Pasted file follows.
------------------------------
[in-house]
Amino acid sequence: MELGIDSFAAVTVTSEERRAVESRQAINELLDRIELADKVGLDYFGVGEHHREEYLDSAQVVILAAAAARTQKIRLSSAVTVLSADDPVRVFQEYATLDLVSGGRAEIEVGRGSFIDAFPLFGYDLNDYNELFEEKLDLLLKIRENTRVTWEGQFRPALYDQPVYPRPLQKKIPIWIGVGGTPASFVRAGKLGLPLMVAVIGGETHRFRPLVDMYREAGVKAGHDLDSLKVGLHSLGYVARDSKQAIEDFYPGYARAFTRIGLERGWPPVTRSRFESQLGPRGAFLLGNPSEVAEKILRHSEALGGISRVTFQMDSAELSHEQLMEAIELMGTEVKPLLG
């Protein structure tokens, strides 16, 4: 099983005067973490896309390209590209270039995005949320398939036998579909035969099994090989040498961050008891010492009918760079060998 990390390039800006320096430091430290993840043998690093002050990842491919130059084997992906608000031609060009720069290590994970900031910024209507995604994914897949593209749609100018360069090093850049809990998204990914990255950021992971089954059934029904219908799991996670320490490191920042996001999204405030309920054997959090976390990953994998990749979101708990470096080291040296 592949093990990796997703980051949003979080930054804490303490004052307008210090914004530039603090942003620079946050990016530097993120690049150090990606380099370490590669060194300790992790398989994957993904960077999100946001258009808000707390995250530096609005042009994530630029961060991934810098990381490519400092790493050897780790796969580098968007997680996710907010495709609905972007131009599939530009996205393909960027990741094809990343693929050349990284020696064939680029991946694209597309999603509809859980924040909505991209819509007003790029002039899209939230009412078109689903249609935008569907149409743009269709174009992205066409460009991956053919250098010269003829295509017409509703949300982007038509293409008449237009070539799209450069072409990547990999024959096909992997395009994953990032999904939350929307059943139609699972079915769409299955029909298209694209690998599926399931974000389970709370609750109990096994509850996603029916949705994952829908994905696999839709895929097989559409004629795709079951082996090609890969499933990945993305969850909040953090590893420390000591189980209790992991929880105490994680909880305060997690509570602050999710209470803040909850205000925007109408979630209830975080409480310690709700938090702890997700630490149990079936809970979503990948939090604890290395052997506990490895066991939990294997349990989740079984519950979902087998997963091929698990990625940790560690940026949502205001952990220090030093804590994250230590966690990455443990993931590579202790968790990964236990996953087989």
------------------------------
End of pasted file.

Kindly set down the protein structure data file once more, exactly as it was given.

[in-house]
Amino acid sequence: MELGIDSFAAVTVTSEERRAVESRQAINELLDRIELADKVGLDYFGVGEHHREEYLDSAQVVILAAAAARTQKIRLSSAVTVLSADDPVRVFQEYATLDLVSGGRAEIEVGRGSFIDAFPLFGYDLNDYNELFEEKLDLLLKIRENTRVTWEGQFRPALYDQPVYPRPLQKKIPIWIGVGGTPASFVRAGKLGLPLMVAVIGGETHRFRPLVDMYREAGVKAGHDLDSLKVGLHSLGYVARDSKQAIEDFYPGYARAFTRIGLERGWPPVTRSRFESQLGPRGAFLLGNPSEVAEKILRHSEALGGISRVTFQMDSAELSHEQLMEAIELMGTEVKPLLG
């Protein structure tokens, strides 16, 4: 099983005067973490896309390209590209270039995005949320398939036998579909035969099994090989040498961050008891010492009918760079060998 990390390039800006320096430091430290993840043998690093002050990842491919130059084997992906608000031609060009720069290590994970900031910024209507995604994914897949593209749609100018360069090093850049809990998204990914990255950021992971089954059934029904219908799991996670320490490191920042996001999204405030309920054997959090976390990953994998990749979101708990470096080291040296 592949093990990796997703980051949003979080930054804490303490004052307008210090914004530039603090942003620079946050990016530097993120690049150090990606380099370490590669060194300790992790398989994957993904960077999100946001258009808000707390995250530096609005042009994530630029961060991934810098990381490519400092790493050897780790796969580098968007997680996710907010495709609905972007131009599939530009996205393909960027990741094809990343693929050349990284020696064939680029991946694209597309999603509809859980924040909505991209819509007003790029002039899209939230009412078109689903249609935008569907149409743009269709174009992205066409460009991956053919250098010269003829295509017409509703949300982007038509293409008449237009070539799209450069072409990547990999024959096909992997395009994953990032999904939350929307059943139609699972079915769409299955029909298209694209690998599926399931974000389970709370609750109990096994509850996603029916949705994952829908994905696999839709895929097989559409004629795709079951082996090609890969499933990945993305969850909040953090590893420390000591189980209790992991929880105490994680909880305060997690509570602050999710209470803040909850205000925007109408979630209830975080409480310690709700938090702890997700630490149990079936809970979503990948939090604890290395052997506990490895066991939990294997349990989740079984519950979902087998997963091929698990990625940790560690940026949502205001952990220090030093804590994250230590966690990455443990993931590579202790968790990964236990996953087989």